Borrower or its affiliates may not be manufacturer, producer, or seller of products, or provider of services, which are financed by pool assets, unless they make up no more than 10% of the aggregate principal balance of the pool assets

Strict limits on borrower or its affiliates being an obligor on certain pool assets – no more than 5% of the aggregate principal balance of the pool assets for commercial loans backing eligible CMBS, no more than 10% of the aggregate principal balance of the pool assets for floorplan loans or fleet leases backing eligible ABS, and no more than 4% of the aggregate principal balance of the pool assets for leverage loans backing eligible CLOs

Eligible ABS may not be backed by loans originated or securitized by borrower or an affiliate of the borrower

Borrower or its affiliates could not be manufacturer, producer, or seller of products, or provider of services, which are financed by pool assets, unless they make up no more than 10% of the aggregate principal balance of the pool assets

Strict limits on borrower or its affiliates being an obligor on certain pool assets – no more than 5% of the aggregate principal balance of the pool assets for commercial loans backing eligible CMBS, and no more than 10% of the aggregate principal balance of the pool assets for floorplan loans or fleet leases backing eligible ABS

 

 

Prohibition on foreign government affiliation of borrower
Neither borrower, nor an investment manager of a fund borrower, may have a material investor that is a foreign government

Borrower generally could not be controlled by a foreign government or is managed by an investment manager that is controlled by a foreign government

Exceptions were a US branch or agency of a foreign bank (other than a foreign central bank) that maintained reserves with a Federal Reserve Bank, or a US insured depository institution

Borrowing against already-owned eligible ABS
Only permitted if ABS were acquired in arms-length secondary market transactions within 30 days prior to loan subscription date, except for legacy CMBS
Permitted

Loan term

Three years

Three years generally, five years for CMBS and certain SBA loans

 

Loan amount

Not announced

Minimum $10 million, no maximum

 

Haircuts on market value of ABS collateral

Schedule of specific haircuts that vary by asset class and expected life of the ABS:

 

Auto, prime retail lease: 10% to 14%

 

Auto, prime retail loan: 6% to 10%

 

Auto, subprime retail loan: 9% to 13%

 

Auto, motorcycle and other RVs: 7% to 11%

 

Auto, commercial and government fleet: 9% to 13%

 

Auto, rental fleet: 12% to 16%

 

Credit card, prime: 5% to 8%

 

Credit card, subprime: 6% to 10%

 

Equipment, loan and lease: 5% to 9%

 

Floorplan, auto: 12% to 16%

 

Floorplan, non-auto: 11% to 15%

 

Premium finance, property and casualty: 5% to 8%

 

SBA loans: 5% to 6%

 

Student loans, private: 8% to 14%

 

Student loans, government guaranteed: 5% to 6%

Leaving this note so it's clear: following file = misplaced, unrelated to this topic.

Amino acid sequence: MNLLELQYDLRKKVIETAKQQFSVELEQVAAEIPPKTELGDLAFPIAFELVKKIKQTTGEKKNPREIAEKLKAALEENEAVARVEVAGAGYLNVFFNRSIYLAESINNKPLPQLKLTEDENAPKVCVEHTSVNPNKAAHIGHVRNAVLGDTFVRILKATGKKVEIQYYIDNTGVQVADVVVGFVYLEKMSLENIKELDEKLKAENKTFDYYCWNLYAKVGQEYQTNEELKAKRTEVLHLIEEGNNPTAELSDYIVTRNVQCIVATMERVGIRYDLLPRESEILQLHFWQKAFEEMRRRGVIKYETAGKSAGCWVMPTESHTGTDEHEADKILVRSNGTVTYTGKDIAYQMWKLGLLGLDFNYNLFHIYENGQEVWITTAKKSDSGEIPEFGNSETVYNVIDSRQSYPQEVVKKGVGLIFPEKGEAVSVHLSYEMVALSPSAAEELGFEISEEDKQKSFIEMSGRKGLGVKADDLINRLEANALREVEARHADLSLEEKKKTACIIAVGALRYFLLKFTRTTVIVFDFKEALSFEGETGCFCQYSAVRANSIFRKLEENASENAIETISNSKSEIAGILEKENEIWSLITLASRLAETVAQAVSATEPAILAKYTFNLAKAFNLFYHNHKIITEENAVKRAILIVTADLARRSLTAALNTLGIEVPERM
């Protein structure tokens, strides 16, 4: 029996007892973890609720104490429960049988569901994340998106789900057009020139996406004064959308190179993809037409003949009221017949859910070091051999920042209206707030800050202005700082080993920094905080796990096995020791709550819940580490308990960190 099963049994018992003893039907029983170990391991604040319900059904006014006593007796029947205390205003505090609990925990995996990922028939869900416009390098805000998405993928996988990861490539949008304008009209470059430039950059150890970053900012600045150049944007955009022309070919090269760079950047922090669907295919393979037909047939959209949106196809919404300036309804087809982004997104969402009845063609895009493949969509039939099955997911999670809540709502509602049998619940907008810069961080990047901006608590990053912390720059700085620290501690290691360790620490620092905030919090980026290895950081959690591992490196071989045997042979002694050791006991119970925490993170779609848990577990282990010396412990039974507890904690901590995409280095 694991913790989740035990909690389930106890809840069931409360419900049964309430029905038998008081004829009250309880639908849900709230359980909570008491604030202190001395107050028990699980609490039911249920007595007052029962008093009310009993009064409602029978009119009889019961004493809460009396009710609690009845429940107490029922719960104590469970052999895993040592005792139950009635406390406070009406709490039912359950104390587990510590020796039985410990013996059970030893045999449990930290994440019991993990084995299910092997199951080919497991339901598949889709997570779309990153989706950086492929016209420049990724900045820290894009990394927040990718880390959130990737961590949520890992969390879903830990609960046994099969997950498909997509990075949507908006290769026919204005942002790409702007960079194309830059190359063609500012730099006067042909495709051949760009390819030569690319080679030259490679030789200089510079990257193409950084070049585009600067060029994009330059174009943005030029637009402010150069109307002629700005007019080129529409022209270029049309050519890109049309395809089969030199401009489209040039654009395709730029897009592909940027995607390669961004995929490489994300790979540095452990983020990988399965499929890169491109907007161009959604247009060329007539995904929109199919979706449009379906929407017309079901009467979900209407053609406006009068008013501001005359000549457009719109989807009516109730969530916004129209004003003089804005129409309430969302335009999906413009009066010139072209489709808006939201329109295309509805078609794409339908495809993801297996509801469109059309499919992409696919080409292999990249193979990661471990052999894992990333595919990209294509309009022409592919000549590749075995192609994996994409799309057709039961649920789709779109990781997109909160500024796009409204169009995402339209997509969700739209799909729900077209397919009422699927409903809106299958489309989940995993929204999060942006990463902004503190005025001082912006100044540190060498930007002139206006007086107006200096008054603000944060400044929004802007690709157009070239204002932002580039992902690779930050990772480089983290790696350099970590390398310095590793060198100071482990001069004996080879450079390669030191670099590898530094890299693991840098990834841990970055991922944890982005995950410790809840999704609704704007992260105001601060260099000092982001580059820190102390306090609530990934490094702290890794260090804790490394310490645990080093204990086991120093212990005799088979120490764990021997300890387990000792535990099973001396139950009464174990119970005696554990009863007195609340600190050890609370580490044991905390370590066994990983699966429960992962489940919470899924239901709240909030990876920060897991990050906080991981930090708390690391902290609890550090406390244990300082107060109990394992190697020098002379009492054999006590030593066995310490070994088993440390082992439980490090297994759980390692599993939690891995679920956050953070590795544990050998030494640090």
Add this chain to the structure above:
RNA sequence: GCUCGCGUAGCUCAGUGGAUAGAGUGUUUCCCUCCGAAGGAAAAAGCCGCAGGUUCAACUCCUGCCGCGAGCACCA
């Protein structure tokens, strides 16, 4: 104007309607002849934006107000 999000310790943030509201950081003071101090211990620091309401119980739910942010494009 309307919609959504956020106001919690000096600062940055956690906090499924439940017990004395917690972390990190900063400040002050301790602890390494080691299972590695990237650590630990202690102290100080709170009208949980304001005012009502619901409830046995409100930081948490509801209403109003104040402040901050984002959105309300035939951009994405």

Leverage loans, static CLOS: 20% to 22%

 

Commercial mortgages, legacy CMBS: 15%

 

Auto, credit card, equipment, floorplan, and premium finance cannot exceed 5-year average life

 

For all other ABS with average lives of more than 5 years, haircuts increase 1% for each additional year (or portion thereof), but average life cannot exceed 5 years

 

Schedule of specific haircuts that varied by asset class and expected life of the ABS:

 

Auto, prime retail lease: 10% to 14%

 

Auto, prime retail loan: 6% to 10%

 

Auto, subprime retail loan: 9-13%

 

Auto, motorcycle and RVs: 7-11%

 

Auto, commercial and government fleet: 9% to 13%

 

Auto, rental fleet: 12% to 16%

 

Credit card, prime: 5% to 8%

 

Credit card, subprime: 6% to 10%

 

Equipment, loan and lease: 5% to 9%

 

Floorplan, auto: 12% to 16%

 

Floorplan, non-auto: 11% to 15%

 

Premium finance, property and casualty: 5% to 8%

 

Servicing advances, residential mortgages: 12% to 16%

 

SBA loans: 5% to 6%

 

Student loans, private: 8% to 14%

 

Student loans, government guaranteed: 5% to 6%

 

Commercial mortgages, new-issue CMBS: 15%

 

Commercial mortgages, legacy CMBS: 15% (based on lesser of dollar purchaser price on trade date or market price on subscription date)

 

For ABS benefitting from a substantial government guarantee, with average lives of more than 5 years, haircuts increased 1% for every two additional years (or portion thereof)

 

For all other ABS with average lives of more than 5 years, haircuts increased by 1% for each additional year (or portion thereof)

 

 

Recourse to borrower

Generally, no, but may become recourse if borrower breaches certain representations, warranties, or covenants, as further specified in the MLSA

Generally, no, but could become recourse if:

 

Borrower failed to be eligible

Collateral eligibility representation was inaccurate

Certain other representations were breached

Borrower failed to properly surrender collateral to custodian at or before maturity

 

 

Pricing